S.Africa’s R3.4 trillion build programme needs new breed of Funding

By
Font size: Decrease font Enlarge font
As infrastructure development is critically important for South Africa's economic growth‚ it cannot be left for governments and the banks to “go it alone”‚ Mergence Investment Managers portfolio manager Mark van Wyk said last week. As infrastructure development is critically important for South Africa's economic growth‚ it cannot be left for governments and the banks to “go it alone”‚ Mergence Investment Managers portfolio manager Mark van Wyk said last week.

Regus

As infrastructure development is critically important for South Africa's economic growth‚ it cannot be left for governments and the banks to “go it alone”‚ Mergence Investment Managers portfolio manager Mark van Wyk said last week.

Banks’ limited ability to finance long-term projects opens up opportunities for other types of funders to make returns and help SA implement its R3.4-trillion infrastructure programme.

Stricter regulations and liquidity constraints since the 2008 financial crisis and increased capital requirements imposed by Basel 3 have restricted banks’ ability to lend money to infrastructure projects.

The proposed changes to banks’ liquidity coverage and net stable funding ratios require banks to match the tenure of their funding to the time for which they are granted loans.

According to financial services firm Deloitte‚ this means if a bank wants to fund a 20-year infrastructure project‚ it would have to restructure its balance sheet to receive funding from its investors for the same time period.

Deloitte financial services partner Wayne Savage said last week that South African fund managers — a main source of funding for local banks — are reluctant to provide such long-term finance due to the perceived unfavourable returns.

Banks therefore charge a premium on long-term finance‚ making their loans uncompetitive‚ and open doors for alternative funding at lower costs.

Some governments raise money through infrastructure bonds‚ but in SA‚ bonds are generally only issued for high-level infrastructure‚ such as the South African National Roads Agency‚ but not for smaller projects like housing‚ Mr van Wyk said.

This leaves the private sector‚ he said‚ where instruments such as debt funds focused on social impact could help finance development projects.

A debt fund may invest in short-term or long-term bonds‚ securitised products‚ money market instruments or floating rate debt.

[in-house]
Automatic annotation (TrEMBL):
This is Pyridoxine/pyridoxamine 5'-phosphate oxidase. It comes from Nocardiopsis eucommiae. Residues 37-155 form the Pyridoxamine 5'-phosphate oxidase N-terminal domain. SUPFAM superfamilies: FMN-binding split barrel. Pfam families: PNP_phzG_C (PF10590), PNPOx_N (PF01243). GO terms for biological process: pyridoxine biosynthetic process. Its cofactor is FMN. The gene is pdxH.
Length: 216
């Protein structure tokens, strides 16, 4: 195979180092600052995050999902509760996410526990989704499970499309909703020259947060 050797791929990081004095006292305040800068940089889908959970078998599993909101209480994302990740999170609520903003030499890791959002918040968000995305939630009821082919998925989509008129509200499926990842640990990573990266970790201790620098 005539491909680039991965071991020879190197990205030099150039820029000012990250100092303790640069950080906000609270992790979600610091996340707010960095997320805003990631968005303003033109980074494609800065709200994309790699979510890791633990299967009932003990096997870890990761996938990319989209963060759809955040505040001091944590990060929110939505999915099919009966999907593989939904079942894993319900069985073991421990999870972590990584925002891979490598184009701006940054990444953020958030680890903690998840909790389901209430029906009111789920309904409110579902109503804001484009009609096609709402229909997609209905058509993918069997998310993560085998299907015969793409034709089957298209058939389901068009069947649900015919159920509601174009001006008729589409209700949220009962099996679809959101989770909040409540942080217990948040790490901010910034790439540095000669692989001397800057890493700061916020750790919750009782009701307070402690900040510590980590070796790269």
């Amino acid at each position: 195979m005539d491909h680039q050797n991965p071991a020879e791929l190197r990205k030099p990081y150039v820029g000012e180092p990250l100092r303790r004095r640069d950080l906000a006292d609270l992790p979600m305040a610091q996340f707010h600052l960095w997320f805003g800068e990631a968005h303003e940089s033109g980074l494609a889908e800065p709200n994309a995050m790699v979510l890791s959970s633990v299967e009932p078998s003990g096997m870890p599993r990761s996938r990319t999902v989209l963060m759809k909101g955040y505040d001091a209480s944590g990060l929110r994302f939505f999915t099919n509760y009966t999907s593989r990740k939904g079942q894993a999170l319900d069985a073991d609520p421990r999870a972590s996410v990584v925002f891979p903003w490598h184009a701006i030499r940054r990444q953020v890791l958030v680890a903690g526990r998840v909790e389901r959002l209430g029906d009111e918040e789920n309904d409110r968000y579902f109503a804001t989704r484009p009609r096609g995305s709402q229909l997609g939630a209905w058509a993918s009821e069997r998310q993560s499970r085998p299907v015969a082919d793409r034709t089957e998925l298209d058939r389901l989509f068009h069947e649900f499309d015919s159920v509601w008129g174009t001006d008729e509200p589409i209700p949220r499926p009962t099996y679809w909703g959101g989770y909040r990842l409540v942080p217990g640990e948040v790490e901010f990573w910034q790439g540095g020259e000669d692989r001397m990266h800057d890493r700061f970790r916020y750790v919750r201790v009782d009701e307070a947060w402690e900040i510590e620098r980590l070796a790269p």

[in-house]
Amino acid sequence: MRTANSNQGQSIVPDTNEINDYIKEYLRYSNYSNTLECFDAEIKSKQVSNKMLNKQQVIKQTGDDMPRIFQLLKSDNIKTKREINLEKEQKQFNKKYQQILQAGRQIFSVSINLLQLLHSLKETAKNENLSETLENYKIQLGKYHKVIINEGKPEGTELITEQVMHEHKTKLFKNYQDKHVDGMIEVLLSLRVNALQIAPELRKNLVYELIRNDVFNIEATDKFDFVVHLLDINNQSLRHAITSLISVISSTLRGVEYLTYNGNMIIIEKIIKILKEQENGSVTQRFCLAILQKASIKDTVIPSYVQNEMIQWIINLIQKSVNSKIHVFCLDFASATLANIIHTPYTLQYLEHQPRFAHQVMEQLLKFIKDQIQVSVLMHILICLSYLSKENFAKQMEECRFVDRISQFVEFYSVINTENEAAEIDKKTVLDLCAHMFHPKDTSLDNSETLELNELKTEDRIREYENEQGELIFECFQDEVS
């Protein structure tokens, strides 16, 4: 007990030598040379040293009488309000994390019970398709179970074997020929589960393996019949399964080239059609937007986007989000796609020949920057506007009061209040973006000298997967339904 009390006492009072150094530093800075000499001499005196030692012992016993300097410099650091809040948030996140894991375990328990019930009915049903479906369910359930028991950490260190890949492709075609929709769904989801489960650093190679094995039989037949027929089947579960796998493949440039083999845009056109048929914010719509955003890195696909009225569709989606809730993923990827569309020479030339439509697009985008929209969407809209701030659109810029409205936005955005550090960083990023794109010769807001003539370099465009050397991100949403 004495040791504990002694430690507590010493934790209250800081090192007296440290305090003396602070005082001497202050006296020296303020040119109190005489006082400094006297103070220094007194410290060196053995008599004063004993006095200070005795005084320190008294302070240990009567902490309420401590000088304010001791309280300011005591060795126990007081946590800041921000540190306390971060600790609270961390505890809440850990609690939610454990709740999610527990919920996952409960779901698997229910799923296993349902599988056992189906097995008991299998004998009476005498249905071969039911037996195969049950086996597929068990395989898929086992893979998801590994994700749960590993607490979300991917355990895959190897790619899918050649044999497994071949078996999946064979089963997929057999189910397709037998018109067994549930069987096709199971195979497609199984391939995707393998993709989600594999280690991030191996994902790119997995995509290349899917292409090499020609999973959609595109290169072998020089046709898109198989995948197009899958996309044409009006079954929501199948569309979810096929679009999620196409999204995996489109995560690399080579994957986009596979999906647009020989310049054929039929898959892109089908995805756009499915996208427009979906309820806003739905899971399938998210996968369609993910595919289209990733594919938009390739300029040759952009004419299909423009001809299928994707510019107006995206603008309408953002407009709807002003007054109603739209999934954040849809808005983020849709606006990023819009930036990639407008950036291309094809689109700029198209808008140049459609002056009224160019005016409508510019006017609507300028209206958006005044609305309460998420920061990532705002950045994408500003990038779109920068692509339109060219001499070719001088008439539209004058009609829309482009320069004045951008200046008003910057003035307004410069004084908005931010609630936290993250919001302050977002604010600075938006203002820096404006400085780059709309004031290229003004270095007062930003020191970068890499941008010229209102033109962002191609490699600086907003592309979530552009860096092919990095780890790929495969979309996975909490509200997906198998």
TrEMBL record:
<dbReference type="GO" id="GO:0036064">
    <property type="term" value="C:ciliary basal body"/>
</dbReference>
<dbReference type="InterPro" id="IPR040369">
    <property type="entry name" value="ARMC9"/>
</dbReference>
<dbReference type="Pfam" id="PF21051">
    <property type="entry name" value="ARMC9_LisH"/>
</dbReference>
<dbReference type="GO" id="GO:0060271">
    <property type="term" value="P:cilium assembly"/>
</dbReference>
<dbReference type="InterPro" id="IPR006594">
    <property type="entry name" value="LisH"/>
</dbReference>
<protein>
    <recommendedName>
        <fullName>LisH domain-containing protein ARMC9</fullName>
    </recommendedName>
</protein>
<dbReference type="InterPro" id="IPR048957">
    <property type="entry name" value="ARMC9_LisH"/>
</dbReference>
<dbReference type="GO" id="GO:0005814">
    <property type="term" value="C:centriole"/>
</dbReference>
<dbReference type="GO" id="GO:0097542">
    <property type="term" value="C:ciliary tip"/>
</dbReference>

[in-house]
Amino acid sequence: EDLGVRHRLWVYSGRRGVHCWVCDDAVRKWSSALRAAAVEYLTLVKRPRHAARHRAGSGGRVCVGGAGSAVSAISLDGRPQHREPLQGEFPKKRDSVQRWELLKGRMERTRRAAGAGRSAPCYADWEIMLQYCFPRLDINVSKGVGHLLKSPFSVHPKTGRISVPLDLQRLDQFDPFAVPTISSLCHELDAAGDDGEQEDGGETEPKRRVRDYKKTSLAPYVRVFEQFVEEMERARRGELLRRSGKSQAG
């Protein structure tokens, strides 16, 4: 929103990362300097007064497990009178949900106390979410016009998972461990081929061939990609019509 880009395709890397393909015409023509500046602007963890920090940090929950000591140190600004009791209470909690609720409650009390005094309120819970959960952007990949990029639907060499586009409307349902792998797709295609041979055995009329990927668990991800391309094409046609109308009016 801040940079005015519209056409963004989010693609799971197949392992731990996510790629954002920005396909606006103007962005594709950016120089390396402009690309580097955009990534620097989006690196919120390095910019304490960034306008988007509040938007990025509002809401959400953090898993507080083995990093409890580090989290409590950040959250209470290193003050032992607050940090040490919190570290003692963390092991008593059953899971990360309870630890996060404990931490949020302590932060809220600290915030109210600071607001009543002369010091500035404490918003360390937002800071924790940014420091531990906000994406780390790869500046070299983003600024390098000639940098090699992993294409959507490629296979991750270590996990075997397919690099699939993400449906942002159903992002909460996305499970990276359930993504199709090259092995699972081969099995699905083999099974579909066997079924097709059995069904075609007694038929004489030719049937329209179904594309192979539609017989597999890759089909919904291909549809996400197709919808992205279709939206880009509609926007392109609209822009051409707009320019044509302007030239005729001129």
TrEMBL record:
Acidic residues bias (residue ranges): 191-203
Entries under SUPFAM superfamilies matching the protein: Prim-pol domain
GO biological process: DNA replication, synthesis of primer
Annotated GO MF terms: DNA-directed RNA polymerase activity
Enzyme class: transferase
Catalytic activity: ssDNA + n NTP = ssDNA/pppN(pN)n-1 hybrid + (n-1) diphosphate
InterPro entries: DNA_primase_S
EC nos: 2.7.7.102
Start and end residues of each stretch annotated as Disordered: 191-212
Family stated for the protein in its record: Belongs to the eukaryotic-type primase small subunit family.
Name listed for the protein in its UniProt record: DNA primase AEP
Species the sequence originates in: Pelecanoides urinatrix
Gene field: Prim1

Deloitte infrastructure and capital projects leadter Andre Pottas said instead of banks funding the entire project‚ a model could evolve in which banks finance only the initial stages of a project.

“The remaining funding will stem from project bonds or loans sold to institutional investors‚ such as pension funds and life companies that have an appetite for long-dated assets to match their long-dated liabilities‚” he said.

In Europe and the US‚ project funding often includes an equity tranche and a short-term debt tranche.

Initially‚ the project promoter funds the equity tranche and the bank finances the debt.

“Once the project is commissioned and proven‚ the funding is refinanced‚ with an infrastructure fund taking the equity piece from the promoter‚” said Mr Savage.

The debt‚ or project bond‚ is often listed and sold to institutional investors such as pension funds.

Mr van Wyk said Mergence‚ through its High Impact Debt Fund — with assets under management of R90m — channels pension and insurance funds into impact investing including smaller infrastructure projects.

Mr van Wyk said impact investments via debt funds can earn yields as competitive as those of fixed income bonds or money market instruments.

“And investors can say they have honoured the call be government in the National Development Plan for the private sector to come to the party‚” he said.

READ MORE ON:

South Africa Infrastructure Development  |  Mark van Wyk

NEWSLETTER — GET THE LATEST NEWS IN YOUR INBOX. SIGN UP RIGHT HERE.


Enter your e-mail address below using Lowercase.